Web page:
Northwood News ♦ October 2015

Snider’s Super Market in Silver Spring:  The Way Grocery Stores Ought to Be

By Ed Levy

I know that as a reviewer I’m supposed to be objective, but with Snider’s I can’t help it.  I love this place!

What’s so great about Snider’s?  It’s friendly, the prices are competitive, and there’s always something new and interesting to try.  They have a great deli (with my personal favorites of Alpine Lace Swiss cheese, chopped liver, and cow’s tongue), fresh baked goods (including excellent bagels and pastries), and nice produce, and are one of the few Montgomery County grocery stores “grandfathered in” to be allowed to sell beer and wine.  They also sell great party platters made up of the good things mentioned above.

What else is great about Snider’s?  It’s big enough to have what you’re looking for, and small enough that no one will ever tell you that what you’re looking for is in Aisle 99Z, a 10-minute walk from where you’re standing.  Also, I’ve been able to check out in less than five minutes every time I visit, no matter how crowded the store is.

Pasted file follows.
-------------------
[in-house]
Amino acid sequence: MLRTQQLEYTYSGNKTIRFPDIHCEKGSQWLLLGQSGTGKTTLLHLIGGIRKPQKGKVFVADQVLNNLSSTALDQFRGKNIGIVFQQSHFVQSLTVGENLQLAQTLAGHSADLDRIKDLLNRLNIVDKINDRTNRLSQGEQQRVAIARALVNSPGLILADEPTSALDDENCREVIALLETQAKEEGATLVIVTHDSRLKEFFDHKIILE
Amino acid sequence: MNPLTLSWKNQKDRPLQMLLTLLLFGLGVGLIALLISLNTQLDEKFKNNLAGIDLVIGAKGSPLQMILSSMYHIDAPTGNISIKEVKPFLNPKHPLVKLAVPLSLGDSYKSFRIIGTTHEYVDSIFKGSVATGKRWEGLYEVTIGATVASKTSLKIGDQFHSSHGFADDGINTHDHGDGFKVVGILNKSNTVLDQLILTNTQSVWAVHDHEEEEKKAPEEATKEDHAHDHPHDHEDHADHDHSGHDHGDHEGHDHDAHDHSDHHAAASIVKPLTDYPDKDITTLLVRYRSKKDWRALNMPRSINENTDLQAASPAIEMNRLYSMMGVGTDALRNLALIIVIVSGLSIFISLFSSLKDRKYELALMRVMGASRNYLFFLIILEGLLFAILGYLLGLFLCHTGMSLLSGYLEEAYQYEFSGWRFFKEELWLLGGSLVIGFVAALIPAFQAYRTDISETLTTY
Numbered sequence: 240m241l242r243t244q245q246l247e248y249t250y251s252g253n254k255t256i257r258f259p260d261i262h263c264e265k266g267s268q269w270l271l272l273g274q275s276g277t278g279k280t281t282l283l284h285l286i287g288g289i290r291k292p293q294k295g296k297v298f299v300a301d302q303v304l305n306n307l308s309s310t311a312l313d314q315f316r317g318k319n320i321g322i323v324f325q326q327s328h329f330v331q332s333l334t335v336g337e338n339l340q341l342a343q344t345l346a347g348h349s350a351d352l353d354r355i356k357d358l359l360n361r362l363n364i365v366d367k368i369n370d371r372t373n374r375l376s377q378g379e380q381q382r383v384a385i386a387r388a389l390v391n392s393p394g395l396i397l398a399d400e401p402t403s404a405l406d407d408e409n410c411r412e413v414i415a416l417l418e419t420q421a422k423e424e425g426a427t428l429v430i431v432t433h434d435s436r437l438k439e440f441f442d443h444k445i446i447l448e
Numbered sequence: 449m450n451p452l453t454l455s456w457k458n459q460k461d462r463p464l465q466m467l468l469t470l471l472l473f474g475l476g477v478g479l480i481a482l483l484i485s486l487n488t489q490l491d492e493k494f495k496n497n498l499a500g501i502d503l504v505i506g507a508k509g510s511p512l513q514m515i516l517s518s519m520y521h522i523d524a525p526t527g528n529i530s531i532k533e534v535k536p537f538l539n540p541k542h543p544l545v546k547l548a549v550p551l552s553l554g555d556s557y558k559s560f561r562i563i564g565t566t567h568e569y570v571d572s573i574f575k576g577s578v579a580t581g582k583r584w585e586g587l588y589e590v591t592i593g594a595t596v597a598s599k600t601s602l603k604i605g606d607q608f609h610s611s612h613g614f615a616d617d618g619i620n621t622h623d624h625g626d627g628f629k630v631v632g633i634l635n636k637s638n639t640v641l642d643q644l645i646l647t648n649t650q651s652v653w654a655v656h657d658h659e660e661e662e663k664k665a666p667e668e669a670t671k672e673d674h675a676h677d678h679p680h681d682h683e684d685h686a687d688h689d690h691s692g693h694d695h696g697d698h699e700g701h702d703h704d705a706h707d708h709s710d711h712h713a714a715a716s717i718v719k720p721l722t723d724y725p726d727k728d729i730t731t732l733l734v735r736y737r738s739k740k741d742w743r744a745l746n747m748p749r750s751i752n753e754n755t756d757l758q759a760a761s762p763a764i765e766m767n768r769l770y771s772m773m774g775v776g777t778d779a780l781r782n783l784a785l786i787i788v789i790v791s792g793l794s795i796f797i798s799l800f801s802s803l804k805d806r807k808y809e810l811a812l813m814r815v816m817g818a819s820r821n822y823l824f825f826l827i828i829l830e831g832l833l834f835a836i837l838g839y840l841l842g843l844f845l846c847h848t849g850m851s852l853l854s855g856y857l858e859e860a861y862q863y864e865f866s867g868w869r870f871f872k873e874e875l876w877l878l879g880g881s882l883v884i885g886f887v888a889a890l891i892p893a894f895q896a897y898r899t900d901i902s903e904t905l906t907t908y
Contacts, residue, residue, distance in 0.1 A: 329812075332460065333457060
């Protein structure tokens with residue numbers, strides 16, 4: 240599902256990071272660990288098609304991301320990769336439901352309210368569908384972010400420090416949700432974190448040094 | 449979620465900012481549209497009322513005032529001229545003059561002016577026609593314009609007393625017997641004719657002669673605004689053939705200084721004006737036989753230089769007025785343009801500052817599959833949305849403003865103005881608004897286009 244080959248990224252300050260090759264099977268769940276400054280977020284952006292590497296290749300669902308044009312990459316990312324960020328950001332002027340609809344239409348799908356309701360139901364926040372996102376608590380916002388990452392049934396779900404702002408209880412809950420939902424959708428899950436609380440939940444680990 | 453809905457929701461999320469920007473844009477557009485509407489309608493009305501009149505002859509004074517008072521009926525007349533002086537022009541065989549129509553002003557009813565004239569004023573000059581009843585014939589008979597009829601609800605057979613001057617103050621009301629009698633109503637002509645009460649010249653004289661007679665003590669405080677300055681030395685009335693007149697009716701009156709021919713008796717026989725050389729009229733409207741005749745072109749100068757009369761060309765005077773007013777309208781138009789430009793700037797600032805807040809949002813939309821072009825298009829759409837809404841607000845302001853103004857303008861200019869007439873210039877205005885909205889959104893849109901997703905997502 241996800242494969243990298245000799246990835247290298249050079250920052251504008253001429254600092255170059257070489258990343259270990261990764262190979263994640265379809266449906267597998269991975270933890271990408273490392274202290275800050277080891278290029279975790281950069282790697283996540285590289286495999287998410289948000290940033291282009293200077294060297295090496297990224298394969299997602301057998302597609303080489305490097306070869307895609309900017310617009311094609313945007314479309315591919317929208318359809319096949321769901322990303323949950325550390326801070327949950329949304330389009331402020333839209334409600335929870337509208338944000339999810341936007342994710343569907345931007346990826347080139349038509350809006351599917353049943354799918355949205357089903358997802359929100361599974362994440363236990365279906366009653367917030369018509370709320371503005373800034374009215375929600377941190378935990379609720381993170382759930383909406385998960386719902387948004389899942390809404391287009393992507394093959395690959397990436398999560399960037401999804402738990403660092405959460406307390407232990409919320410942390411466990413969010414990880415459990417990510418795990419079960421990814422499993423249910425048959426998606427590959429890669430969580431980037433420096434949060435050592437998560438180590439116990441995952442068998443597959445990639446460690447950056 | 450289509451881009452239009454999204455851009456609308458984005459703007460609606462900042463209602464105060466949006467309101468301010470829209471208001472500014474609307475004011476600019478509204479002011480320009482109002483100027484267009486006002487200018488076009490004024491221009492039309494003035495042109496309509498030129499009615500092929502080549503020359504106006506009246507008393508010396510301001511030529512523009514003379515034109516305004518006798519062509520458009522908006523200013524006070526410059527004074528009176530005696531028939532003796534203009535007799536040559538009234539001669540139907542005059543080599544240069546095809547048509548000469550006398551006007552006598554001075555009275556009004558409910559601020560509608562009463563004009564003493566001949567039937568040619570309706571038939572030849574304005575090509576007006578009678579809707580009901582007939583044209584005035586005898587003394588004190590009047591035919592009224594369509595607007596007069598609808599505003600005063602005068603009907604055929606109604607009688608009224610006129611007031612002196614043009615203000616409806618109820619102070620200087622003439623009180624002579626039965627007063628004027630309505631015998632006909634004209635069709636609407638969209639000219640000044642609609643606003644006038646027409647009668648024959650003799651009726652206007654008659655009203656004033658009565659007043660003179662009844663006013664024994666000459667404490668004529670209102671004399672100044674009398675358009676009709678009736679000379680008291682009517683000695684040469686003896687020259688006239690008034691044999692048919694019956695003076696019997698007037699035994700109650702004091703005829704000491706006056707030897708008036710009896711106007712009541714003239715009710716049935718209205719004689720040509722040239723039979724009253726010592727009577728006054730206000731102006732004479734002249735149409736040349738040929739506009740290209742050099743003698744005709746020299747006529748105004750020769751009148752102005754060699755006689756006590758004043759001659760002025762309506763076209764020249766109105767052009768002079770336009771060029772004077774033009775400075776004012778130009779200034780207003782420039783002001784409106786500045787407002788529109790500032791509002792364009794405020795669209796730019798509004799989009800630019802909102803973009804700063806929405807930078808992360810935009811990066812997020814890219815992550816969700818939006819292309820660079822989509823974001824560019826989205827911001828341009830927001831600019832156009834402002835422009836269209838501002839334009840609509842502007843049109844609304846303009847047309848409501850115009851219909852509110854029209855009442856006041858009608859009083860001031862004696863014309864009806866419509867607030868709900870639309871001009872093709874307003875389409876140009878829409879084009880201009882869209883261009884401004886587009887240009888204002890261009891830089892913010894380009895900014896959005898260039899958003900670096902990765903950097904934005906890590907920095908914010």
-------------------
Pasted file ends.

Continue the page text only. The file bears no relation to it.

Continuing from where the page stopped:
Owner Dave Snider’s parents, Lillian and Louis, were Ukrainian immigrants who opened the first Snider’s grocery store in 1922 on Georgia Avenue near Missouri Avenue, N.W., in D.C.’s Brightwood neighborhood.  Their store was strategically located near what was then the end of the streetcar line.  Mr. Snider says that he continues to follow his parents’ philosophy of providing good quality and competitive prices.


Snider’s Super Market
1936 Seminary Road
Silver Spring, MD 20910
301.589.3240

Snider’s is slightly hidden away on Seminary Road, just off Georgia Avenue and just south of the Beltway.  Snider’s moved to the corner of Georgia and Seminary in Silver Spring in 1946, and built their current store down the block in 1961.

Manager Terry Sweet attributes the store’s success to customer service, friendly staff, good prices, and quick check-out.  He also tries to understand and provide exactly what the customers want.  Snider’s often can make special buys of items nearing their expiration dates, which they can sell at very low prices on the bargain shelves just inside the store’s entrance.

Sweet says the grocery market is getting more competitive with several new entrants, but he is confident that Snider’s has the right people and the right customer-based model to continue to succeed in the years to come.   ■


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